|Description||c. 1915 Edison Blue Amberol Cylinder "The fairest rose waltz (xylophone)" by Charles Daab is cylindrical in shape with a hollow center, made of celluloid plastic, and is blue in color. The outer edges (1/2" each end) are smooth, while the center of the cylinder is rough/ridged. The song title is written on one end. The inside is lined with plaster of paris and is ribbed. This cylinder plays.|
|Object Name||Phonograph, Cylinder|
|Collection||3D - Sound Communication Tools & Equipment|
|Title||Edison Blue Amberol Cylinder-The Fairest Rose Waltz|
|Date||c. 1915 to late 1920s|
|Creator||Thomas A. Edison, Inc.|
|Inscription Text||"THE FAIREST ROSE WALTZ (XYLOPHONE). DAAB THOMAS A EDISON PAT'D. 19 2494" (written in white around edge of one cylinder edge)|
|Provenance||Items from the estate of Edmond Marchais who spent almost all of his 93 year life in Menlo Park. He worked in a machine shop in Redwood City. The phonograph player and cylinders were from his Menlo Park childhood home when he lived with his father (French) and mother (French-Italian) Maurice and Emily Marchais.|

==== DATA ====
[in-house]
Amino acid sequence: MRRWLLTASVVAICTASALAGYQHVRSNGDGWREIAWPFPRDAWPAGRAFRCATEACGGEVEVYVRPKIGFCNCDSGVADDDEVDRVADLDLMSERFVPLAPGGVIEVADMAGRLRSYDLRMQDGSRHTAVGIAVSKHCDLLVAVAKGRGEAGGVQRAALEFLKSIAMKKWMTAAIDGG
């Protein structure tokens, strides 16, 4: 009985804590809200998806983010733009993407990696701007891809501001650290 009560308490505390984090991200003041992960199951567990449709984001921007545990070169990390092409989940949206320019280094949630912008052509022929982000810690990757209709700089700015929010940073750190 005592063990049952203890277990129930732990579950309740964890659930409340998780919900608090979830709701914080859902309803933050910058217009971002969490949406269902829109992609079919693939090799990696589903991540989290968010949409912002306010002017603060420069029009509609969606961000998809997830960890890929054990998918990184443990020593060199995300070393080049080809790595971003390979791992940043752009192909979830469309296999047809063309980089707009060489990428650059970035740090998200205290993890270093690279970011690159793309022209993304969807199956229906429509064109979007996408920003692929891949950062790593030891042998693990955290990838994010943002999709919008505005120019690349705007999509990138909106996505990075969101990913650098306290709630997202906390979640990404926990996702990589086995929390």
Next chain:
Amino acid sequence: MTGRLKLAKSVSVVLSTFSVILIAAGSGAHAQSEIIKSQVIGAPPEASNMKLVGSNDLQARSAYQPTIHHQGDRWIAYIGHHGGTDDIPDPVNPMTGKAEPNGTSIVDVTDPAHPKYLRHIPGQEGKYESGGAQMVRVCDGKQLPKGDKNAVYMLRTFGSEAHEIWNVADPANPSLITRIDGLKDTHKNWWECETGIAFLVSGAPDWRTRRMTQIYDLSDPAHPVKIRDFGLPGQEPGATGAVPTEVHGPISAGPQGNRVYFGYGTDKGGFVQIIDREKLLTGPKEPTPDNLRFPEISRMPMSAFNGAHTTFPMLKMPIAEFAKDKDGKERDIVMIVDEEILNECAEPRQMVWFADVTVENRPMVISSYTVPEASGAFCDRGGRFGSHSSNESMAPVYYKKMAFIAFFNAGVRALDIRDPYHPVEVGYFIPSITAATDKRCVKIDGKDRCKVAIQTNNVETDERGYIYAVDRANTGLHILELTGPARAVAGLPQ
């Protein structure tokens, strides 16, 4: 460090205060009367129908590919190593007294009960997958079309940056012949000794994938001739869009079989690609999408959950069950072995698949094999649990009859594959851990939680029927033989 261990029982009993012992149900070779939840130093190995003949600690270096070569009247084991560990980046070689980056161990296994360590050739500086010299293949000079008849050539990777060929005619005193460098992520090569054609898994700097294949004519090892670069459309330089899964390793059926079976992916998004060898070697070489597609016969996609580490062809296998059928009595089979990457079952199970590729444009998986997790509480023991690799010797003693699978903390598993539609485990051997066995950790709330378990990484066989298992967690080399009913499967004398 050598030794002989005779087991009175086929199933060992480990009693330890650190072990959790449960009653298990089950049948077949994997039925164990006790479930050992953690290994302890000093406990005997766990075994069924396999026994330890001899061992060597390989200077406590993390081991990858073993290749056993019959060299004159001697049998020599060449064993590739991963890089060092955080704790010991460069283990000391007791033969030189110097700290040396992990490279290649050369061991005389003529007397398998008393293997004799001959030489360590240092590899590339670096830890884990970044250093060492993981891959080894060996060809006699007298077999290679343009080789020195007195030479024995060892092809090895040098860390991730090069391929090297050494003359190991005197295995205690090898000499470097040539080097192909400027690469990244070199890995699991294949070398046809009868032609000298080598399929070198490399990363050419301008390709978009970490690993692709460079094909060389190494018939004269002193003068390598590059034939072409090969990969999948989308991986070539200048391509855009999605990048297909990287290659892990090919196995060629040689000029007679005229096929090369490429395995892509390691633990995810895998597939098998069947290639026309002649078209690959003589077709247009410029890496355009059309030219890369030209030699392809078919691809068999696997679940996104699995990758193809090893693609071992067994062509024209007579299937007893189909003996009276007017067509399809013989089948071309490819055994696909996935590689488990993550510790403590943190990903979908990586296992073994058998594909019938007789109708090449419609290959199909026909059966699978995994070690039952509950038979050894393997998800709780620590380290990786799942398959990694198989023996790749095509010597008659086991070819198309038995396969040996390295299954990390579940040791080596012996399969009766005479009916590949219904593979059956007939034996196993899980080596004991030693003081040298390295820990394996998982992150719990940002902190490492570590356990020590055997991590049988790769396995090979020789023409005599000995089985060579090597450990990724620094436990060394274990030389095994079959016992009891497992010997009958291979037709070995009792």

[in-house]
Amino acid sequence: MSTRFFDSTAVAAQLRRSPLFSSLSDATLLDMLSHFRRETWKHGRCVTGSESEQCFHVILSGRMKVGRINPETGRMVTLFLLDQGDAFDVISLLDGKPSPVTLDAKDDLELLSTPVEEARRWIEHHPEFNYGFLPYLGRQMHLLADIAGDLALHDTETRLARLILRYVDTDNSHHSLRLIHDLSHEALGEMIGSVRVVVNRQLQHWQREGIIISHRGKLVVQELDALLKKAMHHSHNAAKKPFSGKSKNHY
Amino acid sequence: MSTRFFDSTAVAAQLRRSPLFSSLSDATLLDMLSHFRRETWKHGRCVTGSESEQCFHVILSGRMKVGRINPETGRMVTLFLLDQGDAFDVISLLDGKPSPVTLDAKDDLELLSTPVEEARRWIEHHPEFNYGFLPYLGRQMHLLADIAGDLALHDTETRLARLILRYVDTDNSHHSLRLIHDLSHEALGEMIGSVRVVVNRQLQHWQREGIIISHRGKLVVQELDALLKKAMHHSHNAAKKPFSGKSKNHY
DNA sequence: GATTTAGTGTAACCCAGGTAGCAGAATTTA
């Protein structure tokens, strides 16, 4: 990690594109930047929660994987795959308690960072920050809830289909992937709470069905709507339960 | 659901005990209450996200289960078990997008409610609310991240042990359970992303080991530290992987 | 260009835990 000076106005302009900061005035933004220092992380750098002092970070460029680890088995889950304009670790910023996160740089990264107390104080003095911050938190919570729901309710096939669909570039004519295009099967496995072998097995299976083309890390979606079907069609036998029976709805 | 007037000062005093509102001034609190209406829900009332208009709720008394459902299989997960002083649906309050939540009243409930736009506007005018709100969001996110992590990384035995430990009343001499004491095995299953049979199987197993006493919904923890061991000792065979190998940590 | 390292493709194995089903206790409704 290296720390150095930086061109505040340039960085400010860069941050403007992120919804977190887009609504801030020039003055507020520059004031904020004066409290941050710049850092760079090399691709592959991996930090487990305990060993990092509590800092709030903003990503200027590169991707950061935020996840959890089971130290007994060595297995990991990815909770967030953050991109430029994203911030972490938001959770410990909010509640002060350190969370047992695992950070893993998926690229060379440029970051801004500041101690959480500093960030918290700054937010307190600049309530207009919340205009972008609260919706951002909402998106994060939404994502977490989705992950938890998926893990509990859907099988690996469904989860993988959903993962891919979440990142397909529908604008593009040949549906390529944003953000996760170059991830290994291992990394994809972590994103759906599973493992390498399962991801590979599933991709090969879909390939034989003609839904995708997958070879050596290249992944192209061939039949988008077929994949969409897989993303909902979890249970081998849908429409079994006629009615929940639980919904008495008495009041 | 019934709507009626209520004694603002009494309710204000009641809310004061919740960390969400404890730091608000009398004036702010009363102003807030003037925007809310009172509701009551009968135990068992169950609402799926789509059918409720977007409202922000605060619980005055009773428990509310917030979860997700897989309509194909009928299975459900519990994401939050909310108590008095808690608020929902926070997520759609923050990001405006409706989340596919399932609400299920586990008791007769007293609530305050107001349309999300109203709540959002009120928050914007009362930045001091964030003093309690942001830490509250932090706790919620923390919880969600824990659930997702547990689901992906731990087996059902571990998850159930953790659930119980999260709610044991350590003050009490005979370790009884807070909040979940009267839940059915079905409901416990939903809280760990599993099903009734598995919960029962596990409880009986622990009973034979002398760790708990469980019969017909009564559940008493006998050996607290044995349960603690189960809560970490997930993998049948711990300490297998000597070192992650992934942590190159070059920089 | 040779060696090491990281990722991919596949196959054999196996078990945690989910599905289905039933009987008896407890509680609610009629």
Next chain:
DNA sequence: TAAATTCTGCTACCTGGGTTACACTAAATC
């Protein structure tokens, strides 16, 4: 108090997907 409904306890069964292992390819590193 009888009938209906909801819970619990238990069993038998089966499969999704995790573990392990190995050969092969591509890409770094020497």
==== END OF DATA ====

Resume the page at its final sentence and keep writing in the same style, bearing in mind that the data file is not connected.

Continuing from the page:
5 pages of notes/research on phonographs was located with phonograph. They are now stored in Curator's Accession Files.
Beginning in 1912 Edison began to make Blue Amberol celluloid cylinders to replace wax cylinders which broke more easily. They were made of celluloid and had plaster of paris inside. Edison manufactured these until the late 1920s.
(4/13/2014): This recording was released in 1915. (A recording of Daab performing this song had also been released in 1910.) MP3 recording is available online at: http://cylinders.library.ucsb.edu/search.php?queryType=@attr 1=1016&query=the+fairest+rose+waltz&num=1&start=1&sortBy=&sortOrder=id
|Dimensions||H-4.25 W-2.25 D-2.25 inches|